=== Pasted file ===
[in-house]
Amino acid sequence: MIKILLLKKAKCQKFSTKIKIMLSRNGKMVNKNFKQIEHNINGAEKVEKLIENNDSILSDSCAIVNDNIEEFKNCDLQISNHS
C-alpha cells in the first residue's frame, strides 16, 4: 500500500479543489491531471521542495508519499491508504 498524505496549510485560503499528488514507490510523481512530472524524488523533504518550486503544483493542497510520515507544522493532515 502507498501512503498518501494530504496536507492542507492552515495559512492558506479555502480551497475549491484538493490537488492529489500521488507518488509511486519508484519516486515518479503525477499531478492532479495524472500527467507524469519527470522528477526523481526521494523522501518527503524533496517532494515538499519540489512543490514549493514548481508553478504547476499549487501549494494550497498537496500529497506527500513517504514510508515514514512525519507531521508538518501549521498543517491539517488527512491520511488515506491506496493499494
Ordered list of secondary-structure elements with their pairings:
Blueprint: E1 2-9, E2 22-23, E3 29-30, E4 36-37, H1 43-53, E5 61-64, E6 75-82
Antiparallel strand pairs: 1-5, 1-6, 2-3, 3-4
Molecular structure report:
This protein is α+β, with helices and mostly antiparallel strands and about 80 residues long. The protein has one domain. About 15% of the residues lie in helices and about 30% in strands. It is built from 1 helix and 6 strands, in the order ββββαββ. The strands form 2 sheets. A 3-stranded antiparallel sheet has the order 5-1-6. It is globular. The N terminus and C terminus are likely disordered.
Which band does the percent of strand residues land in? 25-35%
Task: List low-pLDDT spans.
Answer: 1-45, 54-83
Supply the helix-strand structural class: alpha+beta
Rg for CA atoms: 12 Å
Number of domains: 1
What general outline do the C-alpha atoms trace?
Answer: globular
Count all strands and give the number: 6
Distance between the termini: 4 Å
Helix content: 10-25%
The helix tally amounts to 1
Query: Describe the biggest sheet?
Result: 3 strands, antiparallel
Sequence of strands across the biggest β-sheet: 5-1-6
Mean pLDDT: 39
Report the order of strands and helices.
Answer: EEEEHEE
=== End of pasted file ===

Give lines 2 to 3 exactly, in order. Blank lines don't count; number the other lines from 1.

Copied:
Amino acid sequence: MIKILLLKKAKCQKFSTKIKIMLSRNGKMVNKNFKQIEHNINGAEKVEKLIENNDSILSDSCAIVNDNIEEFKNCDLQISNHS
C-alpha cells in the first residue's frame, strides 16, 4: 500500500479543489491531471521542495508519499491508504 498524505496549510485560503499528488514507490510523481512530472524524488523533504518550486503544483493542497510520515507544522493532515 502507498501512503498518501494530504496536507492542507492552515495559512492558506479555502480551497475549491484538493490537488492529489500521488507518488509511486519508484519516486515518479503525477499531478492532479495524472500527467507524469519527470522528477526523481526521494523522501518527503524533496517532494515538499519540489512543490514549493514548481508553478504547476499549487501549494494550497498537496500529497506527500513517504514510508515514514512525519507531521508538518501549521498543517491539517488527512491520511488515506491506496493499494